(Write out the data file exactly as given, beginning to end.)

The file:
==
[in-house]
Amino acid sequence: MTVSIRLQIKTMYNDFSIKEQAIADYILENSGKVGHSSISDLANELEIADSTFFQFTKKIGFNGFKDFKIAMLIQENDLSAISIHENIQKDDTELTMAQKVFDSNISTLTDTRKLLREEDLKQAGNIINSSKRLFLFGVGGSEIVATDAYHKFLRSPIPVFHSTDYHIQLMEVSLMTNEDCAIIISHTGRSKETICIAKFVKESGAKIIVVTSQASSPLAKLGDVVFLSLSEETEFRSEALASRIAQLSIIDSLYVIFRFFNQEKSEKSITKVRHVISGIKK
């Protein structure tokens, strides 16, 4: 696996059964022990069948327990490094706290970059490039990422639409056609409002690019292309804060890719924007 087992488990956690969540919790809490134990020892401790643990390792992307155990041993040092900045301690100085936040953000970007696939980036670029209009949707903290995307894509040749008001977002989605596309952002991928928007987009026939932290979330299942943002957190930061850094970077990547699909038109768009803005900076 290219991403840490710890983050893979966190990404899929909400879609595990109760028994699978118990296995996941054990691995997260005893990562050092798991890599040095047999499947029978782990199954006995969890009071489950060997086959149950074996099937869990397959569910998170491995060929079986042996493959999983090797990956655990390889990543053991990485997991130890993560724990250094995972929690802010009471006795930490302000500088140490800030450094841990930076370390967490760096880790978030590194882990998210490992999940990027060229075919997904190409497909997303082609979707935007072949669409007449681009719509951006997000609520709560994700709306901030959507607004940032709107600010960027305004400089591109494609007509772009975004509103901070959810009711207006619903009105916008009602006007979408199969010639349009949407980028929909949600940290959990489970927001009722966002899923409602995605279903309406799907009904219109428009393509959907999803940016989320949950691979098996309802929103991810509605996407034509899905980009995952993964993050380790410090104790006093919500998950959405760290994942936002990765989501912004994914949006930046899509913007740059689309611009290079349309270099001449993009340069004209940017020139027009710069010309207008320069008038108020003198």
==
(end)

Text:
[in-house]
Amino acid sequence: MTVSIRLQIKTMYNDFSIKEQAIADYILENSGKVGHSSISDLANELEIADSTFFQFTKKIGFNGFKDFKIAMLIQENDLSAISIHENIQKDDTELTMAQKVFDSNISTLTDTRKLLREEDLKQAGNIINSSKRLFLFGVGGSEIVATDAYHKFLRSPIPVFHSTDYHIQLMEVSLMTNEDCAIIISHTGRSKETICIAKFVKESGAKIIVVTSQASSPLAKLGDVVFLSLSEETEFRSEALASRIAQLSIIDSLYVIFRFFNQEKSEKSITKVRHVISGIKK
């Protein structure tokens, strides 16, 4: 696996059964022990069948327990490094706290970059490039990422639409056609409002690019292309804060890719924007 087992488990956690969540919790809490134990020892401790643990390792992307155990041993040092900045301690100085936040953000970007696939980036670029209009949707903290995307894509040749008001977002989605596309952002991928928007987009026939932290979330299942943002957190930061850094970077990547699909038109768009803005900076 290219991403840490710890983050893979966190990404899929909400879609595990109760028994699978118990296995996941054990691995997260005893990562050092798991890599040095047999499947029978782990199954006995969890009071489950060997086959149950074996099937869990397959569910998170491995060929079986042996493959999983090797990956655990390889990543053991990485997991130890993560724990250094995972929690802010009471006795930490302000500088140490800030450094841990930076370390967490760096880790978030590194882990998210490992999940990027060229075919997904190409497909997303082609979707935007072949669409007449681009719509951006997000609520709560994700709306901030959507607004940032709107600010960027305004400089591109494609007509772009975004509103901070959810009711207006619903009105916008009602006007979408199969010639349009949407980028929909949600940290959990489970927001009722966002899923409602995605279903309406799907009904219109428009393509959907999803940016989320949950691979098996309802929103991810509605996407034509899905980009995952993964993050380790410090104790006093919500998950959405760290994942936002990765989501912004994914949006930046899509913007740059689309611009290079349309270099001449993009340069004209940017020139027009710069010309207008320069008038108020003198």